Medicaid oversight involves at least two distinct and equally important functions. The first, financial management involves the oversight of state claims for Medicaid and SCHIP Federal reimbursement which includes the monitoring of Federal payments. This is distinct from our second function which is to prevent and identify efforts to defraud the Medicaid program, generally by providers but occasionally by beneficiaries who most often are in collusion with providers. CMS and states need to partner to prevent and control these criminal acts because we are both victimized by these unscrupulous providers.

Both financial management review and fraud and abuse prevention and control activities need to be done to ensure overall program integrity. Financial management oversight requires that CMS audit and survey states to assure that tax payer dollars are not misspent. For fraud and abuse prevention and control, we must partner with the states because of the mutuality of interest. These are two different problems with two different solutions that require flexibility in the use of very limited staffing resources.

Financial Management Review Activities
To improve the internal controls related to the Medicaid program to ensure a strong oversight function, CMS is in the process of hiring 100 new financial management staff. As of June 14, 2005, we had hired 97 FTEs to monitor state activities and enforce compliance with CMS financial management procedures and improve Medicaid financial management oversight. Ninety of the staff are allocated to specific states and 10 of these staff are based in Central Office. Extensive training for these new hires was conducted in September 2004, late February of 2005, and April of 2005 with additional training planned for September of this year.

Since that training, the new staff have begun making the necessary contacts with their respective Medicaid agencies to gain a thorough understanding of the overall organizational structure of the state's Medicaid program; the programmatic structure of the state's Medicaid program; and the state budget, expenditure, and financial management processes. They have been working closely with current Regional Office and state financial management staff on these activities.

These new employees have met with numerous health officials in their respective states, attended public hearings regarding the 2006 state budgets, and have performed significant research of public records, and participated in financial management reviews with current Regional Office staff. They will be integrated into the review of Medicaid reimbursement state plan issues, perform reviews of state funding issues, assist in the resolution of OIG and GAO audit findings, and perform other financial oversight activities. Through their work, and through coordination with the Regional Offices, we will prevent new versions of inappropriate financing arrangements before they are put in place and replicated. The President's Budget alerts Congress to one of these new versions dealing with provider taxes on Medicaid-only managed care organizations and we have urged the adoption of legislation to close this loophole that will surely get bigger without Congressional action.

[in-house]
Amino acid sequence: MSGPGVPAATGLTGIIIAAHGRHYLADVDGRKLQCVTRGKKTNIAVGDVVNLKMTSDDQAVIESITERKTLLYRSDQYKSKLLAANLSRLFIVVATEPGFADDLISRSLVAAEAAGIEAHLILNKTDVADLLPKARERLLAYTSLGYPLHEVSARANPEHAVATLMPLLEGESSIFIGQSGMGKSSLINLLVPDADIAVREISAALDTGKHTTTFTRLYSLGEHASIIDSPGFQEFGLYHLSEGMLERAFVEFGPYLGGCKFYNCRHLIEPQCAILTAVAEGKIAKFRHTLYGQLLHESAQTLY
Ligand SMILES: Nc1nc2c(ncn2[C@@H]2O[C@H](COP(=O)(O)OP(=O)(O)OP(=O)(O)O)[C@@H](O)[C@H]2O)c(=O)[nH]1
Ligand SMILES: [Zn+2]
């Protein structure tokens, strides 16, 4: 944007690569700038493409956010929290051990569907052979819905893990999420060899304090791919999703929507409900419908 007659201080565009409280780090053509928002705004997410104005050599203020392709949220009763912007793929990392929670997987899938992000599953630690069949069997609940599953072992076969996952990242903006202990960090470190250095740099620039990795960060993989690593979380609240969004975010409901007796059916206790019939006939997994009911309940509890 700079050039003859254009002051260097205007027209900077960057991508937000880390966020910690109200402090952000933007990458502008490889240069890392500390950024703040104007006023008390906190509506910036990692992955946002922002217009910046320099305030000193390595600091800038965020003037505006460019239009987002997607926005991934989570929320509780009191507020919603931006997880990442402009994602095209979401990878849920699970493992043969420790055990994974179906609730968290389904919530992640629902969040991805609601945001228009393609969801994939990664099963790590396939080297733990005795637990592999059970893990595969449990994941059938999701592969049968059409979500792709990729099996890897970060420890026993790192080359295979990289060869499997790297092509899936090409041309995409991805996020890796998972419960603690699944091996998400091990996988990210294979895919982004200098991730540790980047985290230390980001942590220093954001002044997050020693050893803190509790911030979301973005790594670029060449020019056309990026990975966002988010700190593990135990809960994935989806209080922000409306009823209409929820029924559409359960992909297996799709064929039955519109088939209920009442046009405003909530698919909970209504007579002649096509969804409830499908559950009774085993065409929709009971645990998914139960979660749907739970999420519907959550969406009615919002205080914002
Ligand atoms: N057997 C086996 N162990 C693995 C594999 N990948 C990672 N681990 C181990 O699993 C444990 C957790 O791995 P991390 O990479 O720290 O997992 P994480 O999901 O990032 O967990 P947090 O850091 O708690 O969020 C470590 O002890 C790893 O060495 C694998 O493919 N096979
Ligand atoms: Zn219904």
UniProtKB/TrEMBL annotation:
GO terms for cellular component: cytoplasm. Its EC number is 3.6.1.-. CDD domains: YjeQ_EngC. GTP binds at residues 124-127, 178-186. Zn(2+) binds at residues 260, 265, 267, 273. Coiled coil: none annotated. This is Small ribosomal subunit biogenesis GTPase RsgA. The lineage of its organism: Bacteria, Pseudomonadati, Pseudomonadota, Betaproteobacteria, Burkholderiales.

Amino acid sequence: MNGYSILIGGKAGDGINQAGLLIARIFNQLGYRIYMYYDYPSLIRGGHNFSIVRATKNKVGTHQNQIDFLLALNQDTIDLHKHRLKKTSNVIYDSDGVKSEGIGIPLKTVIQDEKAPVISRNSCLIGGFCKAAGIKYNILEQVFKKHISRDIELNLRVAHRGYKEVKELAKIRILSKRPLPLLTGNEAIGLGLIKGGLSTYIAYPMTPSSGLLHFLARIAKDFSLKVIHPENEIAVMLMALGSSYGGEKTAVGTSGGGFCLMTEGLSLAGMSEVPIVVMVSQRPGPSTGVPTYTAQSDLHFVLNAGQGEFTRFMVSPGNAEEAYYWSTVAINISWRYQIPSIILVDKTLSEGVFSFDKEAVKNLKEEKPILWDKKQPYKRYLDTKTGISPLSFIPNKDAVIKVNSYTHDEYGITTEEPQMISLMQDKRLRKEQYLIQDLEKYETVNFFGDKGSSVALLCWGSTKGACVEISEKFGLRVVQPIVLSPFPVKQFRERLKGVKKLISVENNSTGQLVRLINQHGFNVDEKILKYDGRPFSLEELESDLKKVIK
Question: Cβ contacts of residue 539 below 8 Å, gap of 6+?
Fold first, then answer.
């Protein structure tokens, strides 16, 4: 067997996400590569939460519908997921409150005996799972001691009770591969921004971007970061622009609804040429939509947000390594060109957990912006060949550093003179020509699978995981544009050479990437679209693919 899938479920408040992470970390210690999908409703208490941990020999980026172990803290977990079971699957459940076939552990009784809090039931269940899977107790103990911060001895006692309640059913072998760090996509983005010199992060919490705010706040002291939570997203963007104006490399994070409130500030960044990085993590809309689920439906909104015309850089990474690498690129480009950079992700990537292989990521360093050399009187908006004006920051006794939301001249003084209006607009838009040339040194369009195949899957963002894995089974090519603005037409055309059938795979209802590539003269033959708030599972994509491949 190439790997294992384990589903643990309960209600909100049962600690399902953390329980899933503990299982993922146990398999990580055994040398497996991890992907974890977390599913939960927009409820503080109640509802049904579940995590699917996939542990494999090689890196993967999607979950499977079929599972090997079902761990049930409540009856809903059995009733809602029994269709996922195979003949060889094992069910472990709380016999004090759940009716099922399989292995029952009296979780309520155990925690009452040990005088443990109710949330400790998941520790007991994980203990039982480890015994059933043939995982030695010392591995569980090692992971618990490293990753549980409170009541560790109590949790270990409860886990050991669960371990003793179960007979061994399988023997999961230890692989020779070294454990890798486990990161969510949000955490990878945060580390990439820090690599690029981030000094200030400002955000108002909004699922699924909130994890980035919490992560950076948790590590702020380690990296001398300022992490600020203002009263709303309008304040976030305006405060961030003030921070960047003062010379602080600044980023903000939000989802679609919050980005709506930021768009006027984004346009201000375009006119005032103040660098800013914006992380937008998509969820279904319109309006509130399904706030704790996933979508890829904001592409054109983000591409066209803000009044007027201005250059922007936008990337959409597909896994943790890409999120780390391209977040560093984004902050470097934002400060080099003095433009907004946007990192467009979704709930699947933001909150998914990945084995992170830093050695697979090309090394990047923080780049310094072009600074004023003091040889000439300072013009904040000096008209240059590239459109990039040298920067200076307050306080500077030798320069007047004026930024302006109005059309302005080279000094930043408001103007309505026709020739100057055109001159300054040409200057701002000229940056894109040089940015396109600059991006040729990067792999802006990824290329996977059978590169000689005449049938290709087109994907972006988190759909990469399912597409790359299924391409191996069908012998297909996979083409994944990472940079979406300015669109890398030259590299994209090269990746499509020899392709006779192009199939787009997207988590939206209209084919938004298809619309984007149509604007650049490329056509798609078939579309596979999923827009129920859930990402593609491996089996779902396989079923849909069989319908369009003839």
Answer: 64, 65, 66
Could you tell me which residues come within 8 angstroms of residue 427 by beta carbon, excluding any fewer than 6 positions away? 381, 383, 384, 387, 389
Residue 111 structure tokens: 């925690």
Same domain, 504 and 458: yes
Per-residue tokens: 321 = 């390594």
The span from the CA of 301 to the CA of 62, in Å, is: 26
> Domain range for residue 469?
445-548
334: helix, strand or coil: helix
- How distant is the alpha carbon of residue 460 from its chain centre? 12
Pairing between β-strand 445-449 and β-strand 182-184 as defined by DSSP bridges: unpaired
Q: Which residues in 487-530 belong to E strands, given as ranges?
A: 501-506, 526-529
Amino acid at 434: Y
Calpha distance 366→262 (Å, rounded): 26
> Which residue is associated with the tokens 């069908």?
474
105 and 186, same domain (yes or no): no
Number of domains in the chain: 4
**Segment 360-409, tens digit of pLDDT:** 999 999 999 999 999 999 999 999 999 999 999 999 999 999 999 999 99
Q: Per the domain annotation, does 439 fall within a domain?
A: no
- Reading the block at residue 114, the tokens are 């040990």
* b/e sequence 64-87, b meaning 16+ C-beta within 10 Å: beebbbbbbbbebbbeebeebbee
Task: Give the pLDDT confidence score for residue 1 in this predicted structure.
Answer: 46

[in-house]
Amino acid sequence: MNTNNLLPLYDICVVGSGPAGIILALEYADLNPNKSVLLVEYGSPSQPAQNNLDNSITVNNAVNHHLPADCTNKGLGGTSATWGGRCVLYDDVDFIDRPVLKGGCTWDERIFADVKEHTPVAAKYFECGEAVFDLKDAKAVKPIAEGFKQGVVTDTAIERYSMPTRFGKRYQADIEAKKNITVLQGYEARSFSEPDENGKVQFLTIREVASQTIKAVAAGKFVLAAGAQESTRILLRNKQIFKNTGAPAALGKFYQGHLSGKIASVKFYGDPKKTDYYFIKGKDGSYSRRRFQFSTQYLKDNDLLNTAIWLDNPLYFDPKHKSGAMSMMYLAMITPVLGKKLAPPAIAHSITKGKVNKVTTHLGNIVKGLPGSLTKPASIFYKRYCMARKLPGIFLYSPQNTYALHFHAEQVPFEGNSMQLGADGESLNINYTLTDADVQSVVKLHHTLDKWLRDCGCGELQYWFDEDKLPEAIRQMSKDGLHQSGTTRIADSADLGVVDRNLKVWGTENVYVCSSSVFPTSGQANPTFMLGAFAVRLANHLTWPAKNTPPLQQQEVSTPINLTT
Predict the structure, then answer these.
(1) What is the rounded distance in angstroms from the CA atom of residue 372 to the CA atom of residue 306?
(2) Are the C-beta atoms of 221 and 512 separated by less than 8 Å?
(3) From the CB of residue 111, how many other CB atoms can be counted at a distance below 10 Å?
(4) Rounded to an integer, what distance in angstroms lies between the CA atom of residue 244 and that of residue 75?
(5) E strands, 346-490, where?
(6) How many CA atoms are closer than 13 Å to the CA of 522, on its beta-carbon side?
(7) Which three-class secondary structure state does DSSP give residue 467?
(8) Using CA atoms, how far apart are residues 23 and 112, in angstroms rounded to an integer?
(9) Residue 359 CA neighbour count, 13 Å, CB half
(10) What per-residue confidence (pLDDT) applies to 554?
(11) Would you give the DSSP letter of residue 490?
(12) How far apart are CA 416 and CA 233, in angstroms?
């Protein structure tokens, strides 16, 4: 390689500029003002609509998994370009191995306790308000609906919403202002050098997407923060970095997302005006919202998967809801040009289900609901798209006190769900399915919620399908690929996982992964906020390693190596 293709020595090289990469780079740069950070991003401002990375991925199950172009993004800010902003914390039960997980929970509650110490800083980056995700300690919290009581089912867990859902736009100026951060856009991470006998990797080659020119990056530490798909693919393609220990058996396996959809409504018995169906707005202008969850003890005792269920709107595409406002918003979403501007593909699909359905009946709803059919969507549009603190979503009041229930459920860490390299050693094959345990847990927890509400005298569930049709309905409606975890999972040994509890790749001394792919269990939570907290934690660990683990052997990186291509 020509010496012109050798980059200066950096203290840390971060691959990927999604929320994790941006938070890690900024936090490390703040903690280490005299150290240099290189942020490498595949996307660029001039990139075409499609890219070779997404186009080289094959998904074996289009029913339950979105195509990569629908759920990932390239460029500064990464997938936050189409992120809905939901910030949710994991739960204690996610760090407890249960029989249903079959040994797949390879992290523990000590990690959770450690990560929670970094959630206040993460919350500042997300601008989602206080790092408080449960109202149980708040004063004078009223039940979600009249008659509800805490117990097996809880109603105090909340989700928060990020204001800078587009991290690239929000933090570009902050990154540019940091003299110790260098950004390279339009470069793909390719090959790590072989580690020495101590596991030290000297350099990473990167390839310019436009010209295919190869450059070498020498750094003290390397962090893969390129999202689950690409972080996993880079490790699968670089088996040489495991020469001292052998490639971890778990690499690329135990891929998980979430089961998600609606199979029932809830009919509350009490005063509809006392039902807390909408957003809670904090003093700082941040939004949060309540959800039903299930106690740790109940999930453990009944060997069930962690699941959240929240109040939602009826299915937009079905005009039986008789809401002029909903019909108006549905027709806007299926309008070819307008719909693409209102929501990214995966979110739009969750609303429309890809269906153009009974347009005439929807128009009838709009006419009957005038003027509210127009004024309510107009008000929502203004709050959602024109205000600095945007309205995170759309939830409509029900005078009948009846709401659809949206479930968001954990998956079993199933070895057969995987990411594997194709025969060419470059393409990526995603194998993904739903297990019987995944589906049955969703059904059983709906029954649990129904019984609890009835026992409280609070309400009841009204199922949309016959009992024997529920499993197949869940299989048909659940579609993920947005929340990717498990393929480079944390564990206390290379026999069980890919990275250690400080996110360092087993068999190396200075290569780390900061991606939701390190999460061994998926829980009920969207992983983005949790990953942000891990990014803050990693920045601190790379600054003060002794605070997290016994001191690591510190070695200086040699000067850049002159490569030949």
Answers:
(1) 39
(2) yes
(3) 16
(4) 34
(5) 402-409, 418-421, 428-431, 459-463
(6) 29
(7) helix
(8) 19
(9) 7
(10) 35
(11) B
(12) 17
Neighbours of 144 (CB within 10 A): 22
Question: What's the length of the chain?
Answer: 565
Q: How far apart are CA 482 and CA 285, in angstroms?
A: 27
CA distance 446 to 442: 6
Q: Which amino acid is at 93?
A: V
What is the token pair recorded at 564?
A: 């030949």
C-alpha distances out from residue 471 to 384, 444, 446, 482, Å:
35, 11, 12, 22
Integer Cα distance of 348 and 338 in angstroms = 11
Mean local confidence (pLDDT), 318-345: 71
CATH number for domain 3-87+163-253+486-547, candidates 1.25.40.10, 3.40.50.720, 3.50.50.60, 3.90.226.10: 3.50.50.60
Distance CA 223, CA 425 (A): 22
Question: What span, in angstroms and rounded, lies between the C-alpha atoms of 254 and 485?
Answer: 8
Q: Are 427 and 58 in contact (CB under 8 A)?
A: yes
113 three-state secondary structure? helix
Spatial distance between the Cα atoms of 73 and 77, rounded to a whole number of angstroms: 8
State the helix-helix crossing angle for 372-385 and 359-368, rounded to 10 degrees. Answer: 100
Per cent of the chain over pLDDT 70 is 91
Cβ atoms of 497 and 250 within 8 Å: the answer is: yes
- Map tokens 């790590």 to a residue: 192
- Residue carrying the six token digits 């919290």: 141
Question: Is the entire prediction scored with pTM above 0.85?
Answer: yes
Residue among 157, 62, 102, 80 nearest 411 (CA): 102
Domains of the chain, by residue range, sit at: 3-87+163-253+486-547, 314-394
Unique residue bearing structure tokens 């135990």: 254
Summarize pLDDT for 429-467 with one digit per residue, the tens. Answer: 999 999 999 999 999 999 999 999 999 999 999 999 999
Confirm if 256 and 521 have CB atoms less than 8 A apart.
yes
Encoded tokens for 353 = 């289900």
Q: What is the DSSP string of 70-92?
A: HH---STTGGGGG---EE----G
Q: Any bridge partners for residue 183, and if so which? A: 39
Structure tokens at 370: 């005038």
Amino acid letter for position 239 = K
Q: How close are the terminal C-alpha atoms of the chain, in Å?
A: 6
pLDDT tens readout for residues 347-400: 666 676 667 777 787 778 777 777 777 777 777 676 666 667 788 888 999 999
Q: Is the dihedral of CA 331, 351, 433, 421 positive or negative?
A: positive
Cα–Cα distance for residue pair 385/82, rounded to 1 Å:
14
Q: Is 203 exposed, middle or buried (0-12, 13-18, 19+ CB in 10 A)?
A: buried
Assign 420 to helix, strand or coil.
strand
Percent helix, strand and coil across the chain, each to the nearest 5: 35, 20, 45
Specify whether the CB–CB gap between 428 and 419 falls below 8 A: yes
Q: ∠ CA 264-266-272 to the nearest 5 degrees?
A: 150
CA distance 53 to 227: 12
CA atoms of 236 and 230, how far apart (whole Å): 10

Additionally, as discussed previously, CMS recently consolidated our reimbursement review teams and created a Division of Reimbursement and State Financing (DRSF) within the Centers for Medicaid and State Operations (CMSO) to consolidate in one component responsibility for all state Medicaid payment policy and state Medicaid funding issues. A central responsibility of this Division is to ensure consistency in the application nationwide of Medicaid payment and funding policy. The 10 new Central Office staff noted above are housed in this Division. The Division comprises three Teams which are responsible for institutional reimbursement, non-institutional reimbursement, and state funding policy and oversight. As part of this integrated approach, there are bi-weekly conference calls with DRSF and each Regional Office, in which we discuss pending Medicaid reimbursement SPAs and Medicaid financial management issues in the respective regional offices. Through these bi-weekly calls, we develop a cross-representational team that is equipped to address the full range of Medicaid reimbursement and financial issues in each state within each region. These calls began on February 7, 2005.

Contingency Fee Contracts
A large number of states have used consultants, paid on a contingency fee basis, to implement projects to maximize their Federal Medicaid reimbursements. A number of the schemes created by these consultants have inappropriately inflated the Federal share of funding and CMS has moved to stop this practice. In May of 2002 and again in November of that year, CMS sent memoranda to its Regional Offices clarifying that except in certain limited cases, contingency fees are not permissible administrative expenses and should not be the cause of any Federal matching funds going to the states. Contingency fee consultants have helped states maximize the Federal dollars flowing into their systems through manipulation of targeted case management, rehabilitation services, supplemental payment arrangements, school-based services, and administrative costs. CMS has taken action in each of these areas, including disallowances, financial management reviews, OIG contracted audits, disapproval of state plan amendments, and legislative recommendations to Congress.